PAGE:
Advocacy generally goes through at least three phases: Protesting against what you don’t want, Pushing for what you do want, and Partnering with the implementing agency to make sure it’s done right and kept going.
If we ran the world we wouldn’t need to advocate for anything. We’d just do it, or order it done. Advocates are sometimes prestigious or influential; their requests are listened to, carry weight, and often followed by decision-makers. But, by definition, the need to advocate for something implies an outsider status, a less than all-powerful position – often a position of relative weakness or even marginality. Perhaps even a degree of invisibility. If power is the ability to directly make change, Advocacy is about influence – the ability to get those with power to make the desired change.
Advocacy is the mobilization of resources and power to deal with societal problems. It combines protest against what you don’t want, pushing for what you do want, and partnering with those responsible for implementation to make sure you actually get what you want – although it is the pushing that we most generally think of as “advocacy”. Advocacy starts through the spread of motivating information and bringing people together. Having ideas and energy is vital, but not enough. Success requires having the momentum and power to actually implement the desired change. Vision and talk are the starting points. Changed awareness – knowledge and empathy – and vital building blocks, but the goal of Advocacy is visible change in individual and social reality – which almost always requires action. Advocacy occurs when you seek change outside yourself, in the surrounding world.
Advocacy can be done in pursuit of specific benefits for an individual – although individual-benefit Advocacy, especially for yourself, has relatively little impact on society as a whole. Increasing the contribution of Advocacy to the common good requires moving up the slope from interested observer, to passive supporter, to low-key participant, to activist, to organizer-of-others, to catalyst for the self-organization of others.
At its most generalized, Advocates go through a process of:
-Identifying and defining a problem and proposing solutions through the creation and dissemination of a compelling story that embodies core values and vision and solicits support;
-Identifying, convening, and mobilizing potential contributors to the advocacy campaign to develop a unifying strategy;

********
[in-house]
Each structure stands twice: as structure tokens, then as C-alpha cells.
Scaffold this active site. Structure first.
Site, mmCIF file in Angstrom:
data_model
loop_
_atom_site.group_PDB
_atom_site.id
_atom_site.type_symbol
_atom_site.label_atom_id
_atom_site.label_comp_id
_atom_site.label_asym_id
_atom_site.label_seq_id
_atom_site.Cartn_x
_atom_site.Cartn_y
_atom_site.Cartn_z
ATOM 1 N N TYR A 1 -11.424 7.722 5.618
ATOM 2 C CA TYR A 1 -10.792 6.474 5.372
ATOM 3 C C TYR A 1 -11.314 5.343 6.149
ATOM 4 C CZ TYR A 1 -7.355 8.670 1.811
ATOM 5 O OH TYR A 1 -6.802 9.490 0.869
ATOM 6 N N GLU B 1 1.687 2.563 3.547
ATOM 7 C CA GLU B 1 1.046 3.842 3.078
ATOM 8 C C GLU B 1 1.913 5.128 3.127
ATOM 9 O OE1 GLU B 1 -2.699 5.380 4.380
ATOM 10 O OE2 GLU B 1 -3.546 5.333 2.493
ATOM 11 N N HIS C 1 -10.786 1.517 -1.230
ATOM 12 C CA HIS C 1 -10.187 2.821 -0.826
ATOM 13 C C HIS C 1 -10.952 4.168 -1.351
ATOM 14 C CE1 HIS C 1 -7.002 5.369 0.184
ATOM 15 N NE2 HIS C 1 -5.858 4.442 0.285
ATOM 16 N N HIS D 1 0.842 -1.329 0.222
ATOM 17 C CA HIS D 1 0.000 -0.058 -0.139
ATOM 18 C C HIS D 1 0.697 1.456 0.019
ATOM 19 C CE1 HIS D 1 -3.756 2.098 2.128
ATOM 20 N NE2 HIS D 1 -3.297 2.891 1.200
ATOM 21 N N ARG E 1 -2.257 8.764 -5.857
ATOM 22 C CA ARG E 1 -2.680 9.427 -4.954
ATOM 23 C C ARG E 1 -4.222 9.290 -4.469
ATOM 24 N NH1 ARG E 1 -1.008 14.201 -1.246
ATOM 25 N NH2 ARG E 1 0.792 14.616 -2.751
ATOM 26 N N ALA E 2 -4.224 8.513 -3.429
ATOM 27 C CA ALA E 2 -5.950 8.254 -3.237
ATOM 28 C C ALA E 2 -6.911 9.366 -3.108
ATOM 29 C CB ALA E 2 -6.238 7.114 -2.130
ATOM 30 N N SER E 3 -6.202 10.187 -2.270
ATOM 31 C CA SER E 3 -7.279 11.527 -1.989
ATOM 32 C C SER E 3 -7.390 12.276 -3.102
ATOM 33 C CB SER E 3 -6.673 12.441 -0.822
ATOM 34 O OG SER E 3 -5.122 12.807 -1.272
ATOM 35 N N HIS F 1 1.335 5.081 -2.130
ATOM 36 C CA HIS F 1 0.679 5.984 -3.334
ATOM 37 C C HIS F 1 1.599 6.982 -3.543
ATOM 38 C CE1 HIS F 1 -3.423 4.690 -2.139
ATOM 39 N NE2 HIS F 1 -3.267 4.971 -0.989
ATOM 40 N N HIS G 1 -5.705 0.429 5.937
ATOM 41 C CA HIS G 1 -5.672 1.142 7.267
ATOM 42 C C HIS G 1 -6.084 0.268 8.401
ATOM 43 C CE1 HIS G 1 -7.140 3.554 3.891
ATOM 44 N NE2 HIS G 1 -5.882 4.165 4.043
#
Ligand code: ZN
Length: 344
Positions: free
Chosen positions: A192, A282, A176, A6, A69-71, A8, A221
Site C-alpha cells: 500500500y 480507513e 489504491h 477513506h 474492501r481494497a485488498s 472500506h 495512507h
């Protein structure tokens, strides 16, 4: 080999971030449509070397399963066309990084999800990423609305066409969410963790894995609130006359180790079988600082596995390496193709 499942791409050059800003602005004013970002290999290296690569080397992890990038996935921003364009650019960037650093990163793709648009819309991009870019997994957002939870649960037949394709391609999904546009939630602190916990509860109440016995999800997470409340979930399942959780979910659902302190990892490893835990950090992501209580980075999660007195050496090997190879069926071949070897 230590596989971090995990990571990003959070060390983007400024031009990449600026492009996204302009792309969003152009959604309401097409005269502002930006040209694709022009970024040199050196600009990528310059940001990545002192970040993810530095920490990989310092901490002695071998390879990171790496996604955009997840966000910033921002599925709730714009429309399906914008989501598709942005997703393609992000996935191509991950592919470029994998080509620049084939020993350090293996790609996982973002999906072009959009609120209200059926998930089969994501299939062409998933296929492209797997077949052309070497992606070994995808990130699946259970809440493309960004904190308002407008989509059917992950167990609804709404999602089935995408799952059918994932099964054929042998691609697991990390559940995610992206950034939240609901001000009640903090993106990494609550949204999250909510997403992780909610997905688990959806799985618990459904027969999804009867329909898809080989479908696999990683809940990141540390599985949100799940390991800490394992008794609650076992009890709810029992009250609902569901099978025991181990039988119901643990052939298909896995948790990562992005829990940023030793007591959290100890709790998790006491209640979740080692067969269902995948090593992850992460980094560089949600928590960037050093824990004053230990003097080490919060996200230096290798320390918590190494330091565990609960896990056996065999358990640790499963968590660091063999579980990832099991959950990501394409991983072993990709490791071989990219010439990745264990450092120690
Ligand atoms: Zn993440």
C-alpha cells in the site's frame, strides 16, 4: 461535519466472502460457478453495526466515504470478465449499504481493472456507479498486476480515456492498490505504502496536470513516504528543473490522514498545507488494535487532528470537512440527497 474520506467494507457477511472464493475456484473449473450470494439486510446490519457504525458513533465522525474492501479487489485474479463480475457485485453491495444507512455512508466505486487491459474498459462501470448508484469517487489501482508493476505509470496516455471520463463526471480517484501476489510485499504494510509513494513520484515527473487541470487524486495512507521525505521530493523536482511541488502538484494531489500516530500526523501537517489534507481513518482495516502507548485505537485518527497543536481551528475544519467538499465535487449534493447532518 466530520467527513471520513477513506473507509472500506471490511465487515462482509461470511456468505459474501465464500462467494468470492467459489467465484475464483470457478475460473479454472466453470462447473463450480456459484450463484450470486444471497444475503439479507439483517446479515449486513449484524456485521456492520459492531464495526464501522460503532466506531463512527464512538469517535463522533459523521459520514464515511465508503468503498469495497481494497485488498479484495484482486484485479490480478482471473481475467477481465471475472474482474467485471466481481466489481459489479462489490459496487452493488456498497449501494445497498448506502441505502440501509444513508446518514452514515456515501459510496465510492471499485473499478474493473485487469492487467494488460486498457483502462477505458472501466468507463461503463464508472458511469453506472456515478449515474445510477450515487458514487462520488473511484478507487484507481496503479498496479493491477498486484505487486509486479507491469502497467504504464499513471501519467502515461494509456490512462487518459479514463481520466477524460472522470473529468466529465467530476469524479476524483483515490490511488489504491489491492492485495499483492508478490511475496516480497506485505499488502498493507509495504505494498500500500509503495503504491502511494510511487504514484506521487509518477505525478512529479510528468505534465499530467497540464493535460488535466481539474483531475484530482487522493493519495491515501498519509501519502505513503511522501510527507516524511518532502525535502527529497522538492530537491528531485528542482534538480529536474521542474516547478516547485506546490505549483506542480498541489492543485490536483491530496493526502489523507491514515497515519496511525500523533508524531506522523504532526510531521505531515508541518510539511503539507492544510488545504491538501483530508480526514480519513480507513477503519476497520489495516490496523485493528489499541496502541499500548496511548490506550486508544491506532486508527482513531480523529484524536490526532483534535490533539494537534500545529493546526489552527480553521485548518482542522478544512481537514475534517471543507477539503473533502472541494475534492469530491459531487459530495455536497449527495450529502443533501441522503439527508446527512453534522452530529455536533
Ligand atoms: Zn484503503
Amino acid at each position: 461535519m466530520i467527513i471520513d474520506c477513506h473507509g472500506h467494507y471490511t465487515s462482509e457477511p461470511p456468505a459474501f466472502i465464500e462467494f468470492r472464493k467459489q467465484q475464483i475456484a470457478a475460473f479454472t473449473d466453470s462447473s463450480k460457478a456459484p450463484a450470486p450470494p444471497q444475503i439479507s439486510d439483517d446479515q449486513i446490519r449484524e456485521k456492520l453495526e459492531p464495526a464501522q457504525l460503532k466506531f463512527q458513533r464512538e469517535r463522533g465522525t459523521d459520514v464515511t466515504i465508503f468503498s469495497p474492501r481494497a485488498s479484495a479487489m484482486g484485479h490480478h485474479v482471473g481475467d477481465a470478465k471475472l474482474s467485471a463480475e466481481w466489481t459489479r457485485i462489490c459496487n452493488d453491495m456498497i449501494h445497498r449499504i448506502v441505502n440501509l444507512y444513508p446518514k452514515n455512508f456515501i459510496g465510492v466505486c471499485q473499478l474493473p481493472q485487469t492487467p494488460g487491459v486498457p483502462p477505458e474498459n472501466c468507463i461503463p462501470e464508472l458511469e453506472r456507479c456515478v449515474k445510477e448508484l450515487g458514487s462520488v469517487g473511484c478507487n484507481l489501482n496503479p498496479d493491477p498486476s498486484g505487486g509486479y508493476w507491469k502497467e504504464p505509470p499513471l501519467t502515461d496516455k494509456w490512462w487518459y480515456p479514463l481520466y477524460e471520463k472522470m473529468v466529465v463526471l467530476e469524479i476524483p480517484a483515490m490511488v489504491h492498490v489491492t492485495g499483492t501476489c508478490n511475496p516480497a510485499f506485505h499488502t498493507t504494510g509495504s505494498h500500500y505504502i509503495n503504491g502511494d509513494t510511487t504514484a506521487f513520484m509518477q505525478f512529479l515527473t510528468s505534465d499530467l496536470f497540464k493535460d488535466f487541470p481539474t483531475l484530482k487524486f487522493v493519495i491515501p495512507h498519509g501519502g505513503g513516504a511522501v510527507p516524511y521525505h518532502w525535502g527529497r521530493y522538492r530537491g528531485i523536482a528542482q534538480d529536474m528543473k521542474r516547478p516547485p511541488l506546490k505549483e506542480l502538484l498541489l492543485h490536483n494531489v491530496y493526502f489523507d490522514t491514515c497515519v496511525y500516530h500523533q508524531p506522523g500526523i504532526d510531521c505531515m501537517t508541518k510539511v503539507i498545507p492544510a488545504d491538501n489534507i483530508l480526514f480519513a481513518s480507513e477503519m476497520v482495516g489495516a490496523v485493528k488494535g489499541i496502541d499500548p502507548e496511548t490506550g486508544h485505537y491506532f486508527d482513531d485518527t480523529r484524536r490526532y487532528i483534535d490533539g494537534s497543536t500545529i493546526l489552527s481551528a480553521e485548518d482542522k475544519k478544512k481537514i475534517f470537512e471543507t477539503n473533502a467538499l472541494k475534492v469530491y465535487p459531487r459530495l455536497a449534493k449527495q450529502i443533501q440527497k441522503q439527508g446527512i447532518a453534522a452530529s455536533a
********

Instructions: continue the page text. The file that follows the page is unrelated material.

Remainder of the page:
-Leading or participating in the campaign, monitoring progress, and deciding when maximal likely success has been reached;
-Evaluating implementation and pushing for further improvements.Read more
In a break from my usual essay-length postings, here is a series of short comments and questions addressing a variety of bike-related issues: the growing number of all-year cyclists and their need for more bike parking, the changing tone of driver-cyclist interaction in cities and suburbs, the problem of signaling “thanks” to nice drivers and ensuring eye contact through tinted windows, my annoyance at cyclists who hog the road, and thoughts about where bike boxes should be located.Read more
- moving the focus from streets to networks and systems,
- emphasizing the community-creating and place-making aspects of transportation facilities,
- becoming more explicit about the different types of economic development stimulus a transportation project can provide,
- putting greater emphasis on making up for past neglect of those who were previously underserved.
GO WHEN IT’S CLEAR, STOP WHEN IT’S DANGEROUS: Why Bikes Should Treat Red Lights and Stop Signs as Yields
San Francisco is contemplating an “Idaho Stop” rule allowing bicyclists to treat red lights like stop signs and stop signs as if they were yields. Should Boston do it too?Read more
Instead of internally creating a capital spending plan and then asking for public reaction, Secretary of Transportation Stephanie Pollack held a series of public discussions, in-person and on-line, to ask what was on the public’s to-do list. Her invitation has sparked some thoughts about themes that might shape future transportation system spending including:
- Making Safety, not Eliminating Congestion, the Only Rationale for Construction;
- Getting More Value and Better Leverage from Maintenance Work;
- Empowering MassDOT’s District Offices to be Accountable for Complete Street Standards;
- Changing What People Get Rewarded For;
- Bringing In New Ideas and Skills.